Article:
|06 February, 2018

Private property developers dwindle in Dubai

Dubai market continues to mature

Residential towers are seen in Jumeirah Beach Residence (JBR) in Dubai. Image used for illustrative purpose.

Residential towers are seen in Jumeirah Beach Residence (JBR) in Dubai. Image used for illustrative purpose.

REUTERS/Jumana El Heloueh
Typically, the emergence of a new technology or opening of a new market results in a rapid increase in prices or valuations. This causes a flurry of new players, dominated by the private sector, entering the market in order to capitalise on the supernormal returns. For instance, during the Dotcom bubble, there was a surge of tech IPOs as many investors were eager to invest (301 IPOs at its peak). However, soon after the bubble burst, the number of IPOs contracted to low double digits in the subsequent years. With the numerous IPOs that were launched, only a handful of companies survived and thrived which included the likes of Amazon.

When we look at the development sector in Dubai, we can witness a similar outcome. A recent study by Global Capital Partners highlights the low survival rate of private sector developers between the first and second cycle, which is common in the nascent stage of any new market. The total overlap of residential and commercial private sector developers between cycles was a staggeringly low 8 per cent.

As the Dubai real estate market continues to mature, we expect the survival rate of private sector developers will fall further, implying that the ones that survive will have higher completion rates and enjoy greater confidence levels in the market.

A grass roots analysis of the residential landscape of private sector developers reveals that during the peaks in both cycles, the number of developers was at their highest in monitored freehold areas (above 70 unique developers in both the peaks). As prices increased exponentially, developer margins expanded, causing a flurry of small developers to enter the market. A dissection of unique developers for the first and second cycle reveals a 9 per cent overlap, implying that the majority were not capitalised well enough to withstand the downturn or did not see opportunity to re-enter the market.

This is a typical scenario that exists with the creation of new markets that go parabolic where 'easy' money can be made. What we also are witnessing is that the developers that have survived are the ones that have improved the product mix and/or the capitalisation of the project, thereby improving the visibility of the supply pipeline.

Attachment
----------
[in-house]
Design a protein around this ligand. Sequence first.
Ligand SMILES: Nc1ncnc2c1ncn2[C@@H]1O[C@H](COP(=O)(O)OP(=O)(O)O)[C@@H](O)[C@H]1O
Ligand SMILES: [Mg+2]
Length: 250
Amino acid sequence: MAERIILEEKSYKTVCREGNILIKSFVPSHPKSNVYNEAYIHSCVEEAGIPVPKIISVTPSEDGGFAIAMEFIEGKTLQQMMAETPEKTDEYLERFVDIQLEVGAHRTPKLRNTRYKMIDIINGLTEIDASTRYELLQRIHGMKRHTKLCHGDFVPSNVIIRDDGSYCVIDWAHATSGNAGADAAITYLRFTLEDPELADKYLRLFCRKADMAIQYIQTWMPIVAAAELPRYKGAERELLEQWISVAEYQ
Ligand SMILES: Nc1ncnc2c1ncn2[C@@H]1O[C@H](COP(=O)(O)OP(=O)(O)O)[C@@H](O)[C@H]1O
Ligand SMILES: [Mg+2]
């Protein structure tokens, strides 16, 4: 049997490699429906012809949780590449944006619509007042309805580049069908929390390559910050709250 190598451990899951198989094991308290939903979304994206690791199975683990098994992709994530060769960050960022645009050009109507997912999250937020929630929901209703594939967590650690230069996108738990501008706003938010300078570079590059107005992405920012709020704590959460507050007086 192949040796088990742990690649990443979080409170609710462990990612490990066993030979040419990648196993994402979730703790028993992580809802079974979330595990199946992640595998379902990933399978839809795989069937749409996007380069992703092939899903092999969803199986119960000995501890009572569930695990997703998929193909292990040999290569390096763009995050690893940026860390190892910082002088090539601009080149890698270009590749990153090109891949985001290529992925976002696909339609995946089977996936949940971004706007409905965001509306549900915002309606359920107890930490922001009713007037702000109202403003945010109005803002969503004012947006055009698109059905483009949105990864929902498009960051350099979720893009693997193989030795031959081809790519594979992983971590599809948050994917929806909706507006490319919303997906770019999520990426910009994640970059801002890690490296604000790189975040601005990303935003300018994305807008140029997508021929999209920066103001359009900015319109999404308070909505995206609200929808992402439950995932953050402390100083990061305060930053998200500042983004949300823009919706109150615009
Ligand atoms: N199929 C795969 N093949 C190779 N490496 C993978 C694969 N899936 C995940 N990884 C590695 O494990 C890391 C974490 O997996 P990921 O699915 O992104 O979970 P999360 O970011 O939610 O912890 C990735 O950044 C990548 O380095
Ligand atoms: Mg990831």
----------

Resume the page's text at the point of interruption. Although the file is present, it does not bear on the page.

In addition, the units launched by the top five private sector developers in both cycles shows a higher concentration for the latter in the ratio of 2:1, highlighting that this time around, the developers were better funded to take on large scale projects, and thereby improving the concentration of offerings by the said developers.

Overlap between two cycles
In the commercial space, like the residential space, there was a rush of private sector developers launching projects in the first cycle. However, in the second cycle, we can witness that the private sector developers for the most part kept away from the office segment. A comparison between the overlap of private sector developers in the first and second cycle is only 5 per cent within this segment. Furthermore, the lower rate of overlap suggests that private sector developers have witnessed tougher conditions in the commercial space.

The reduction in the number of private sector players in an emerging market is a natural phenomenon as increasing competition forces smaller developers to leave the fray. We opine as the Dubai market continues to mature, the private sector landscape will be dominated by a few big players (a la Damac and Azizi). As for the smaller players, they will have to adjust their offerings to be more competitive or unique in order to survive as the bulk of off-plan sales are skewed towards the more reputable companies. This implies that value in the private sector can be found in the overlap of developers between the first and second cycles.

The writer is head of research and IR at Global Capital Partners. Views expressed are his own and do not reflect the newspaper's policies.

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